Small Things Done in Great Love

Decades ago, as she was walking on the streets of London one day, Mother Teresa saw a man who was was quite drunk. He looked—in her words—”so sad and miserable.”

Mother Teresa walked right up to him, took his hand, and shook it.

“How are you?” she asked.

“Oh!” he replied. “After so long I feel the warmth of a human hand!”

After she took the man’s hand, “his face lit up. And his face was different,” Mother says in the book Mother Teresa: My Life for the Poor.

“I only want to say,” she continues, “that small things, done in great love, bring joy and peace.”

 Lightening a Stranger’s Load

As I waited in a long line at a grocery store recently, a young woman came up behind me carrying a load of groceries in her arms. She didn’t have a cart, and her arms were very full. She stood uncomfortably, shifting her feet. Then the customer in line behind her spoke up.

“Here,” invited the customer kindly. “Rest that on my buggy.”

“Thanks,” the woman said with a sigh of relief as she balanced the groceries she was holding across the edge of the stranger’s cart.

“You’re welcome. I could tell that was heavy,” replied the other customer. With smiles on both of their faces, the two women began talking as they waited in line.

As I put my groceries on the belt, I thought about the charity that customer had shown with one simple act—the charity that I sometimes unwittingly neglect to show. How often am I lost in my own world when I’m shopping, unaware of the needs of the people around me? While I was focused on my own cart, this customer saw that young woman behind me struggling, and in an instant reached out to help her. She saw the load she was carrying and quickly found a way to lighten it.

“Bear one another’s burdens,” Galatians 6:2 says. With one small gesture, this customer reached out to a stranger and lived those words.

A Benevolent Gift

A few weeks later, I was in the freezer aisle at a different grocery store with my children, when an older gentleman came up beside us. As he wandered up and down the aisle, he smiled at my children, and my maternal heart was warmed by his silent appreciation for them.

Then, still smiling, the man approached me and held up a ten-dollar bill.

“My wife just hit a number,” he said quietly, “and I just cashed it in. It wasn’t much, but I’d like the children to have this. Maybe they can get something they want.”

“Thank you,” I replied in surprise. As looked at his face, my heart told me not to refuse this kind offer. I could see the joy dancing in his kind, gentle eyes. It brought him happiness to give this gift to my children, and I didn’t want to deny him that joy.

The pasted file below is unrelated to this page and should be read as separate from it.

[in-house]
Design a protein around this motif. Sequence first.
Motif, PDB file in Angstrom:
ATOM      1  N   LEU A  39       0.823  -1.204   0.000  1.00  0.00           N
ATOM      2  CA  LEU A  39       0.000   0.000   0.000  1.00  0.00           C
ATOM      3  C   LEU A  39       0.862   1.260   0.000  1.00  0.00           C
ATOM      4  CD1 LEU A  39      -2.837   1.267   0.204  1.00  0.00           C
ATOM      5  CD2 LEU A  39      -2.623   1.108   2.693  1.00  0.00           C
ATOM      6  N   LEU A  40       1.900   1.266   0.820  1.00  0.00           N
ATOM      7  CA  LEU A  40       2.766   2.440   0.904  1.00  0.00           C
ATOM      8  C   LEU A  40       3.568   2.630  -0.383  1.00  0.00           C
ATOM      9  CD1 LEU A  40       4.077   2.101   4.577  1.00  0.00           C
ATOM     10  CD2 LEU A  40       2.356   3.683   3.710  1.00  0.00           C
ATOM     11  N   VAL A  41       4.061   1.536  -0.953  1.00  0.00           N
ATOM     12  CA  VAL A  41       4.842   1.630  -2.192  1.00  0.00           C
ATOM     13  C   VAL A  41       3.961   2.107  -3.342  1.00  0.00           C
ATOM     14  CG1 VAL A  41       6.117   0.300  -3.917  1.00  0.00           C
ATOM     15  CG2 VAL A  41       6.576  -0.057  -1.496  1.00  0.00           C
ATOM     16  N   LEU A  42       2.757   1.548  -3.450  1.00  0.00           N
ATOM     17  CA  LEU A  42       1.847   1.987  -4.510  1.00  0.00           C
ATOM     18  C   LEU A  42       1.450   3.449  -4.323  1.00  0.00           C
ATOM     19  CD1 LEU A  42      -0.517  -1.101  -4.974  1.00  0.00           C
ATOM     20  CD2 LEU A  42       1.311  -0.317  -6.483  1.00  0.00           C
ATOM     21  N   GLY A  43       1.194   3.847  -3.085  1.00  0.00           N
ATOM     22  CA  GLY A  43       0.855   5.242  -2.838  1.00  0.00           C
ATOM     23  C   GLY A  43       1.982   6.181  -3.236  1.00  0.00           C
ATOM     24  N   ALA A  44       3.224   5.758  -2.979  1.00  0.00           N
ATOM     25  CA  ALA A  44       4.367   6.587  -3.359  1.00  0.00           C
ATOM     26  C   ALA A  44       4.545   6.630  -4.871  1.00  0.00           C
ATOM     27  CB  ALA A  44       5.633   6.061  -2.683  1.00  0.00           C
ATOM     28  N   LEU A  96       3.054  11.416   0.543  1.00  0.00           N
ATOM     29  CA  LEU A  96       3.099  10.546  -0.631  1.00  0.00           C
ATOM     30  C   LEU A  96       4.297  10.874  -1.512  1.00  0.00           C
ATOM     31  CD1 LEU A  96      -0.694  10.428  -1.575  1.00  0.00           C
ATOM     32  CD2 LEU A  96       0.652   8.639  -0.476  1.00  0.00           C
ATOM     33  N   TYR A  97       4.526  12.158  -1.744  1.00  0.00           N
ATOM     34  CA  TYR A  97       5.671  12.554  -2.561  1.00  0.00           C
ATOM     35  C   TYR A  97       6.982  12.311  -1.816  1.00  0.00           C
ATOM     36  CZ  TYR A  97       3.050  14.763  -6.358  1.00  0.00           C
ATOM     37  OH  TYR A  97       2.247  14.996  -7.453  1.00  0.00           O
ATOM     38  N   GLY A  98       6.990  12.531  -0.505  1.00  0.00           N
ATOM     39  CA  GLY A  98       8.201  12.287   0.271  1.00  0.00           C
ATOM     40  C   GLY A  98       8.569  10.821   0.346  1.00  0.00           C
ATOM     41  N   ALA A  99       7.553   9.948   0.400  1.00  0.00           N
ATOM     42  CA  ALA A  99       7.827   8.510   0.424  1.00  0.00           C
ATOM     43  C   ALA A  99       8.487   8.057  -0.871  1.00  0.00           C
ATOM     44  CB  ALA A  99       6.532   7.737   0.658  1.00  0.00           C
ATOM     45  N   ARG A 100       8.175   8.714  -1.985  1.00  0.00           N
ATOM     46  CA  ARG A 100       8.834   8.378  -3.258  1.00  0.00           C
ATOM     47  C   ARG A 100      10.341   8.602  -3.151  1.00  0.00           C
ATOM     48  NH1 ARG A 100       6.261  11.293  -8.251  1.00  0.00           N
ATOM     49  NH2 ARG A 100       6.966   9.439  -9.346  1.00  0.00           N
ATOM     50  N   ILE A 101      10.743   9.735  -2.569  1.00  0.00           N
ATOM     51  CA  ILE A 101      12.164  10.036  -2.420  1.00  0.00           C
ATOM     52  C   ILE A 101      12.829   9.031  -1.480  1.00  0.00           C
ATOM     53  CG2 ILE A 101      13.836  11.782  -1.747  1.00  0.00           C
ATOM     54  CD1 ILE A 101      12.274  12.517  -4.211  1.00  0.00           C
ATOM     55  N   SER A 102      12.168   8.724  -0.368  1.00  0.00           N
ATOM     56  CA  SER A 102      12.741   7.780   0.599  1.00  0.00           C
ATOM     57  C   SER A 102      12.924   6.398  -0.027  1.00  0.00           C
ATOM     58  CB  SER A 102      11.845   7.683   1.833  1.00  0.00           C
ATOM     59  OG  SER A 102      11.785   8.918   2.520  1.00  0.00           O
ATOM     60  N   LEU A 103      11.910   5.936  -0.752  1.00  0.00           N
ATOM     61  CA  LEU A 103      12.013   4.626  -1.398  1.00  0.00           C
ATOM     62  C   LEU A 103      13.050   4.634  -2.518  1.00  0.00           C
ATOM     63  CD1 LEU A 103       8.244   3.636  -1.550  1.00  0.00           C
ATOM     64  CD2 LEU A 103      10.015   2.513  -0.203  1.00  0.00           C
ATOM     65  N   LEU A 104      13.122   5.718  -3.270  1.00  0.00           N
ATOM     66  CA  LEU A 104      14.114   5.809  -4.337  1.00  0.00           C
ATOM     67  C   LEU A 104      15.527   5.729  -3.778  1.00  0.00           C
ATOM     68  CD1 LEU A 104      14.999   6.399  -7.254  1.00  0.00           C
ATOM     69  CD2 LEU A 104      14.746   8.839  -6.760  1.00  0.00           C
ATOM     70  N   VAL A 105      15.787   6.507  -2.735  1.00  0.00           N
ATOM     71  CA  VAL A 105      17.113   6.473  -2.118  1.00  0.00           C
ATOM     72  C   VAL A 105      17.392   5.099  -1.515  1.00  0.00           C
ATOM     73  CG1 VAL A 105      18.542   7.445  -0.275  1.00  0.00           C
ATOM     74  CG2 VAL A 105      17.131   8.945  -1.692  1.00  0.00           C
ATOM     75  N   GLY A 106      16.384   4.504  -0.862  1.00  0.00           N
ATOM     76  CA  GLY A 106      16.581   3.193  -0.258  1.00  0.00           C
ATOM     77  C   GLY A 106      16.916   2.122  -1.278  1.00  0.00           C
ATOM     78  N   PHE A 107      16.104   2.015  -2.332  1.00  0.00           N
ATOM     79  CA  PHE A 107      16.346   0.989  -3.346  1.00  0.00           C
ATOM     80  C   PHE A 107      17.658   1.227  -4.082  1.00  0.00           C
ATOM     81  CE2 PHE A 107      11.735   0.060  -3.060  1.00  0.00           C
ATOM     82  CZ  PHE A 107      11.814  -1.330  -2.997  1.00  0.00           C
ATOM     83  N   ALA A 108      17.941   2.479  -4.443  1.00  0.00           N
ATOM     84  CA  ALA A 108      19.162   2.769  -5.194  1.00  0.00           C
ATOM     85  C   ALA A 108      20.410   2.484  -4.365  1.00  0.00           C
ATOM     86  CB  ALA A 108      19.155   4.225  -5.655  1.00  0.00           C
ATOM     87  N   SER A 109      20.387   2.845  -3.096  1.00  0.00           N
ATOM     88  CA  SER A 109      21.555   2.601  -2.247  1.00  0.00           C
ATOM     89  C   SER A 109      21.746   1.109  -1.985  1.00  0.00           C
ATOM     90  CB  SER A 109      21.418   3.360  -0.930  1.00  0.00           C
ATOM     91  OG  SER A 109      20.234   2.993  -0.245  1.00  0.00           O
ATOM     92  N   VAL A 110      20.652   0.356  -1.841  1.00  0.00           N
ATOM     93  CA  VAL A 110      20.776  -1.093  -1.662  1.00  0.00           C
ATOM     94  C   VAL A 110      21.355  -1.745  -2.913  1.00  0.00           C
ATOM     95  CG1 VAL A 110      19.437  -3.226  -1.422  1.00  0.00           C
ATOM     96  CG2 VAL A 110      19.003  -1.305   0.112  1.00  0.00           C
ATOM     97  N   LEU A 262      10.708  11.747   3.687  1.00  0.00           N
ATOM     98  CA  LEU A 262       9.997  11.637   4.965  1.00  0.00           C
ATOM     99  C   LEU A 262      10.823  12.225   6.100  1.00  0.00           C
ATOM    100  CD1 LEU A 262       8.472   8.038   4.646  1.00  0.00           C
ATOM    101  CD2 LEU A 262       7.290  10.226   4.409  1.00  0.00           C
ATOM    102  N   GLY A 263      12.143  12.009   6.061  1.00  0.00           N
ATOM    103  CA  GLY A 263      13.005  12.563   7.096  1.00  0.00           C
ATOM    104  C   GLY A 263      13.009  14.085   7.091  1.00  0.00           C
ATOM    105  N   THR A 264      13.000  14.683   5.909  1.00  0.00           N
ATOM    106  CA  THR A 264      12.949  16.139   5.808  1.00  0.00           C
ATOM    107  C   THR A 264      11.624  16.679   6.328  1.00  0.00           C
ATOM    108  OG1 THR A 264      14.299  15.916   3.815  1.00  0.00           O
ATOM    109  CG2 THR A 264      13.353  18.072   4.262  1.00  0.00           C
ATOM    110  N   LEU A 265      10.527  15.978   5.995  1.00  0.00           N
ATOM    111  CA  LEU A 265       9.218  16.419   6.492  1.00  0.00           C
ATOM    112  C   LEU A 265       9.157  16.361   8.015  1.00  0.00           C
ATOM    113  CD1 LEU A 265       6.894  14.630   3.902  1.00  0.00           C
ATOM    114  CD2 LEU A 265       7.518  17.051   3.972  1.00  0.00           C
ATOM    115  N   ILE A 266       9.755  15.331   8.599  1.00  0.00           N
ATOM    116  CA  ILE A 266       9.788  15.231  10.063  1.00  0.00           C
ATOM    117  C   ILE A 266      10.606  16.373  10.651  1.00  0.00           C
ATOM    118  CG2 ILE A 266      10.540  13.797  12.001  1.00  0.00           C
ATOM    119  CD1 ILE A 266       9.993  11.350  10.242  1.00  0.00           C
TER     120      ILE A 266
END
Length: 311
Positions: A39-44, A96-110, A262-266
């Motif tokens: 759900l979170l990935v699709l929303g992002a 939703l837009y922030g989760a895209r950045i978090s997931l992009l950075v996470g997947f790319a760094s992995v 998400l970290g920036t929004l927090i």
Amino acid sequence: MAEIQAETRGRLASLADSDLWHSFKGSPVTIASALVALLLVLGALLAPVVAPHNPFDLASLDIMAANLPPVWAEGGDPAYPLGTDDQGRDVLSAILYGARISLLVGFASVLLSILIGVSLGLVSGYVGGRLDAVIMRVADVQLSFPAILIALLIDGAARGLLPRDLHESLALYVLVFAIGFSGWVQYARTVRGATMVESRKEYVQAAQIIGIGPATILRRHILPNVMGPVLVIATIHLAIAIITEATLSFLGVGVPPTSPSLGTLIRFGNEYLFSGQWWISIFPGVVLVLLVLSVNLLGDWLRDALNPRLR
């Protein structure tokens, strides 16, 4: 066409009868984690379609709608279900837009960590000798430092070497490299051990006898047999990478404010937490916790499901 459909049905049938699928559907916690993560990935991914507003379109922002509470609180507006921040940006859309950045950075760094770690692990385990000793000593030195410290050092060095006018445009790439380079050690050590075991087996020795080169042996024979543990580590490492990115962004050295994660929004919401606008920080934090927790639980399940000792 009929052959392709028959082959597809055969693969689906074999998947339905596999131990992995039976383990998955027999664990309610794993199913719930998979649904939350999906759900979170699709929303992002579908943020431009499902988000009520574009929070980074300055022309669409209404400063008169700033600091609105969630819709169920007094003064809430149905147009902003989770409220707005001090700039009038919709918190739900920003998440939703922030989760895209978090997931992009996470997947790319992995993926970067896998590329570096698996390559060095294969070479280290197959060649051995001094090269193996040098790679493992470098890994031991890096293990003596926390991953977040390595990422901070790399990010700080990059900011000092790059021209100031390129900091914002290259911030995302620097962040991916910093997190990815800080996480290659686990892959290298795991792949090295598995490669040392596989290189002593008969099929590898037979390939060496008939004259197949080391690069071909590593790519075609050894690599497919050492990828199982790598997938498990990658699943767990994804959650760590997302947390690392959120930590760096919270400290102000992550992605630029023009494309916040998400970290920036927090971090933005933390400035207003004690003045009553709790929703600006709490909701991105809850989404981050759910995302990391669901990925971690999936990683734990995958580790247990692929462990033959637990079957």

He tucked the bill into my palm, nodded, and walked away, still smiling.

“Thank you,” my children called out to him as we parted ways.

I wanted to call after him, to express my gratitude better, to somehow let him know how much his kindness had moved me—but he waved goodbye without a backwards glance. Expecting nothing of us in return, he didn’t even stay to see the children’s delight in picking out flavors of ice cream to buy with the gift he gave them. His gesture was entirely benevolent.

The Radiance of Love

By the world’s standards, Mother Teresa had not done much for that sad, miserable man on the streets of London. She had only put her warm hand in his and asked how he was. But that small gesture had affected him so deeply that it altered his entire appearance. Mother’s little act of great love was reflected in this man’s face. And it was radiant.

The woman in line behind me at the grocery store looked different, too, after the customer behind her saw the load she was carrying and tried, in a small and thoughtful way, to lift it. When she had first gotten in line behind me, the woman had seemed tired and stressed. But now, resting her groceries on the other customer’s cart, she smiled and chatted with her newfound friend. That small act of love had made a visible difference in her countenance.

My face changed, too, after that dear man had shared his lottery winnings with my children. His generosity made me smile. It gave me a renewed sense of the goodness of people—and of the goodness of God, from whom comes every good and perfect gift (cf. James 1:17).  Because of him, I left the grocery store with a joy I hadn’t come in with.

            “How are you?”

            “Rest that on my buggy.”

            “I’d like the children to have this.”

Such small, simple sentences. Such beautiful, meaningful expressions of love.

May God grant all of us the eyes to see others as He does, and the ability to do the small things that show His great love to the world.

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Maura Roan McKeegan is an award-winning author of twelve Catholic children’s books. Her most recent titles include Julia Greeley, Secret Angel to the Poor (Magnificat-Ignatius Press), In This Catholic Church (OSV), Peter and Jesus by a Charcoal Fire (Emmaus Road), and Seven Clues: A Catholic Treasure Hunt (Loyola Press), co-authored with Scott Hahn. She is also a contributor for various magazines. She has a special interest in Servant of God Don Dolindo Ruotolo and writes about him at her new Substack site, Stories of Don Dolindo ( can contact her at Maura.Roan.McKeegan(at)gmail(dot)com.

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